As college students, we constantly think about our next move. We ask ourselves, when is my next test? When can I take a nap? Where do I want to go to graduate school?
Although important questions, many of us forget to stop thinking. We keep pushing ourselves toward the next goal, whatever that may be, and end up circling in our own thoughts and losing our ground.
At the University of Dallas, students are goal-driven, independent thinkers who are known for making a way for themselves through higher education and hard work. We get good grades, we befriend our professors, and we establish friendships of virtue with our classmates.
But what if none of those things satisfy us? What if we take the core classes, get good grades, make friends and still are not fulfilled?
Maybe it’s because we’re too focused on “what’s next.”
My friends and I often have heart-to-heart talks about how each of us is trying to figure out who we are and what we feel called to do later in life. While that is a healthy conversation to have with one another, we can at times neglect to see the obvious: life is ever-changing.
As a philosophy major, I plead guilty to contemplating “the meaning of it all” and thus attempting to know the unknowable, which is ironically what my philosophical studies have instructed me not to do.
But as human beings, as rational animals exercising our reason in a regulative sense, we search for meaning. When this instinct is used correctly, we step toward virtue, as many of us learned in Philosophy and the Ethical Life.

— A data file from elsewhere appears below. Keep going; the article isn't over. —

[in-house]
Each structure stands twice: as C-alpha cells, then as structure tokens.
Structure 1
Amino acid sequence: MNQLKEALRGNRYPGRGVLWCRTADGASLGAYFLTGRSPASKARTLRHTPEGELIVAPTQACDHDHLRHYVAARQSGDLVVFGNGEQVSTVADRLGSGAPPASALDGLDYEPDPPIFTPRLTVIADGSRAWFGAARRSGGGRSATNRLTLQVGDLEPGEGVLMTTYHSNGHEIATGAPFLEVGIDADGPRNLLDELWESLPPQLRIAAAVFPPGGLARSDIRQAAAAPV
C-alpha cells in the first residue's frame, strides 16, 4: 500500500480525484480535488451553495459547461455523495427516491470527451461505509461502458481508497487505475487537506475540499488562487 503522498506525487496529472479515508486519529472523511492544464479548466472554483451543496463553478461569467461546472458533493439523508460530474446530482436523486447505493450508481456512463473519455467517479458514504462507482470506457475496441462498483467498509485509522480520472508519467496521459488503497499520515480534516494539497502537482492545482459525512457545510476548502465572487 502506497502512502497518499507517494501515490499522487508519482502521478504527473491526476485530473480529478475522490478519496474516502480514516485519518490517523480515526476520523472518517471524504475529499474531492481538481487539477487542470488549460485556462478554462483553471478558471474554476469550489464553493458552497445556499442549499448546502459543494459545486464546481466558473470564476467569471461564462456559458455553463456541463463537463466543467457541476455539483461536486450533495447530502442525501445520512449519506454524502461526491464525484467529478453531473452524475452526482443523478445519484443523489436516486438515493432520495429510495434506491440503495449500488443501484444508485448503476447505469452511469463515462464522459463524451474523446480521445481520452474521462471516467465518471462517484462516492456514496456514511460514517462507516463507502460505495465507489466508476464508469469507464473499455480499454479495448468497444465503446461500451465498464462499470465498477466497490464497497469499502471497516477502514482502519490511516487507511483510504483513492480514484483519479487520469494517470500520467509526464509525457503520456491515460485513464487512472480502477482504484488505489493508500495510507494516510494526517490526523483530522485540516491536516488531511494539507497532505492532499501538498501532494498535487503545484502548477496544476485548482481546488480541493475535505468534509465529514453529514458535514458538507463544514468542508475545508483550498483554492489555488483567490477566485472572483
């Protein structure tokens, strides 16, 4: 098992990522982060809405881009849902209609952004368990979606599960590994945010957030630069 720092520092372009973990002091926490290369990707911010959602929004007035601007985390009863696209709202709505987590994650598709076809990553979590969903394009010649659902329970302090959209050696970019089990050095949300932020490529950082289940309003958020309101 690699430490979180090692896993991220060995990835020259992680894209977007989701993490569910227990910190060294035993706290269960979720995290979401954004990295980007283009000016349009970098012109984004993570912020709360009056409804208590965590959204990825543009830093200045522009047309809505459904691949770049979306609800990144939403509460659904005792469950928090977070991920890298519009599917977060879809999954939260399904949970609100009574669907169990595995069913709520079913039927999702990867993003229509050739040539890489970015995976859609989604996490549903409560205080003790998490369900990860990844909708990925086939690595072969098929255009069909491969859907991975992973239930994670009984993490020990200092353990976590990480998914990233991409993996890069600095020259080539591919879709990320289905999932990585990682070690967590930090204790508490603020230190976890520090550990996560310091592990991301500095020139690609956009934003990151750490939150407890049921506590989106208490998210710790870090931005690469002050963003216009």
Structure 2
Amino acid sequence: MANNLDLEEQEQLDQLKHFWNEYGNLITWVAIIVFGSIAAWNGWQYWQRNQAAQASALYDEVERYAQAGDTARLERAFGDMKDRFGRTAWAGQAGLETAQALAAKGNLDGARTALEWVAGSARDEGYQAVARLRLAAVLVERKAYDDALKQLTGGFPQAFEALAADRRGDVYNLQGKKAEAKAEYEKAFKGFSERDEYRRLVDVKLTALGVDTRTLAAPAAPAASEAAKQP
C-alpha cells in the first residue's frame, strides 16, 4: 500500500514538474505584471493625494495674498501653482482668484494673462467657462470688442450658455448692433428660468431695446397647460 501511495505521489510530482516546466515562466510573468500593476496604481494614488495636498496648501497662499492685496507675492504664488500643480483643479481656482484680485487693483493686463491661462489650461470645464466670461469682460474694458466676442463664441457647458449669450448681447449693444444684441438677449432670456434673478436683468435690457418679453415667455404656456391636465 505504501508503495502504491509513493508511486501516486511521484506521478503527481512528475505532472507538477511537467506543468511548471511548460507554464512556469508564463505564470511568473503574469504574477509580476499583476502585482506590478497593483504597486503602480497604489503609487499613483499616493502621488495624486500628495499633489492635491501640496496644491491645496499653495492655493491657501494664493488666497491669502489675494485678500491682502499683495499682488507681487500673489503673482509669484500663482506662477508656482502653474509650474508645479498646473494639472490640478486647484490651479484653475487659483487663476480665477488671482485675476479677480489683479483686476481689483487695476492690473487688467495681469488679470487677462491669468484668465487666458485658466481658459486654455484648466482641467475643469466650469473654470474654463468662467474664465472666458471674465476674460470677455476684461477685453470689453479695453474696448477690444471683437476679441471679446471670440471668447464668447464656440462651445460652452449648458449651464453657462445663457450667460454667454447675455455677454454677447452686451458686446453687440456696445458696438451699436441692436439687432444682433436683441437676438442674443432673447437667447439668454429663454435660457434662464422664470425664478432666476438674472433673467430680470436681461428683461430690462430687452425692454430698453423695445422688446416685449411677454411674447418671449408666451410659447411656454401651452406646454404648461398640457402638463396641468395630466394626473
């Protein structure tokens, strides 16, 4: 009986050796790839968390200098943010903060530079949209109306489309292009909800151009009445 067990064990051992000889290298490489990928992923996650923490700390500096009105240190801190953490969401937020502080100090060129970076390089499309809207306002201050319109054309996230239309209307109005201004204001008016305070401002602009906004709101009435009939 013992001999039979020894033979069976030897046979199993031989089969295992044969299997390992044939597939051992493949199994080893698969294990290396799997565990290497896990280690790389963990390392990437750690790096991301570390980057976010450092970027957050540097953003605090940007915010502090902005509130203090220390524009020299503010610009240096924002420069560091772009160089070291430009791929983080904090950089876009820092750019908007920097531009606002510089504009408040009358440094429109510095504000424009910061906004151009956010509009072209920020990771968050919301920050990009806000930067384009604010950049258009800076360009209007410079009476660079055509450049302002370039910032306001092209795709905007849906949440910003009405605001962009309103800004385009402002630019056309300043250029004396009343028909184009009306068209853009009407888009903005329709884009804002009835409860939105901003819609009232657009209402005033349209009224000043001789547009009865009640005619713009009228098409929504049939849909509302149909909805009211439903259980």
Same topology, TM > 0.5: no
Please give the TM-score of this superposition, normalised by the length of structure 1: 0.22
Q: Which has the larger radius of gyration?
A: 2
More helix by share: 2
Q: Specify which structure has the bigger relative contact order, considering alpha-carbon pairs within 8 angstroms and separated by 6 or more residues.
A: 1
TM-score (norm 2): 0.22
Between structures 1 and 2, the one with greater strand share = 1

If we devote too much energy towards what Dutch philosopher Kierkegaard would call “infinite,” that is, in the realm of cognition and reflective thoughts, we will lose ourselves. We will sink into despair from our lack of foundation in what is finite, that is, what is grounded.
Life is ever-changing. Trying to “figure out life” is like trying to grasp the waves as they retreat down the sand. Rather than running after the waves, maybe we should play in their movement.
Kierkegaard tells us in his work “Sickness unto Death” that despair is cured through balancing the finite and the infinite. He also teaches us that the opposite of despair is faith.
So let us embrace the harmonious scale of the finite and the infinite that is apparent in the world. Let us allow ourselves to embrace the unknown and find virtue in the balance.